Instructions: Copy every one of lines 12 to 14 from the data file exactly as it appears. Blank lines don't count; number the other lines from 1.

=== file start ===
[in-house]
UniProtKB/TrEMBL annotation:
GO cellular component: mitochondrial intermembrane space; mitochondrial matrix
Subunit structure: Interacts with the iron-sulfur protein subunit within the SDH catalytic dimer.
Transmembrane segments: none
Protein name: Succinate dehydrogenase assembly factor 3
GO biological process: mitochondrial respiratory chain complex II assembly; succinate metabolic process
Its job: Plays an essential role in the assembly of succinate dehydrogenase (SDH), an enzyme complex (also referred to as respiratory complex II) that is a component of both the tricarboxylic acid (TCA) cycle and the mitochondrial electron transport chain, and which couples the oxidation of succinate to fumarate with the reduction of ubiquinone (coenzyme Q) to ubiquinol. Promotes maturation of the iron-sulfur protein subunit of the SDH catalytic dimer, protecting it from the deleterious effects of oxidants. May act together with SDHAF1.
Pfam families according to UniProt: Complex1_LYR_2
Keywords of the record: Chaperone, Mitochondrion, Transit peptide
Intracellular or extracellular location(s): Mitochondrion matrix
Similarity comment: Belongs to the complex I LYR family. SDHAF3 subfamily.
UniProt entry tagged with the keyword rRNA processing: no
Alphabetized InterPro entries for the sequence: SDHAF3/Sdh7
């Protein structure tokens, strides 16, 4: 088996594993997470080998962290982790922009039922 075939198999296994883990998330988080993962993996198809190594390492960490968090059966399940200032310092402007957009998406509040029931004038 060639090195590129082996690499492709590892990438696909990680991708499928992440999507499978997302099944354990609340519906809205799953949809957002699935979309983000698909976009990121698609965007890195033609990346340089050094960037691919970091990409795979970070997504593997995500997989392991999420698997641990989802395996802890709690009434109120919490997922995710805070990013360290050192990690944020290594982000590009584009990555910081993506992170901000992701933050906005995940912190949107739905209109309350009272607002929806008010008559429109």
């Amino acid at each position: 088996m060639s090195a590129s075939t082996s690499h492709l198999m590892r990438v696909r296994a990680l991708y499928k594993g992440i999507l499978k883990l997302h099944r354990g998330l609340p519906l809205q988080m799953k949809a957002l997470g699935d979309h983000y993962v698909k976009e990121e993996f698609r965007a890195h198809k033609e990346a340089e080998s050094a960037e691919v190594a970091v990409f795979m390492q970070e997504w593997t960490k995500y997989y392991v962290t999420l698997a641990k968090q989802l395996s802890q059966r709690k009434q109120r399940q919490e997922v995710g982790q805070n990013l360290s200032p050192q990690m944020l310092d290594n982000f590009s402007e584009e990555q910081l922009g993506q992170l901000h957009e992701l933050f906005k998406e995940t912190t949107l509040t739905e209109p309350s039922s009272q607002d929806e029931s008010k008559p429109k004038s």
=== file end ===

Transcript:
Similarity comment: Belongs to the complex I LYR family. SDHAF3 subfamily.
UniProt entry tagged with the keyword rRNA processing: no
Alphabetized InterPro entries for the sequence: SDHAF3/Sdh7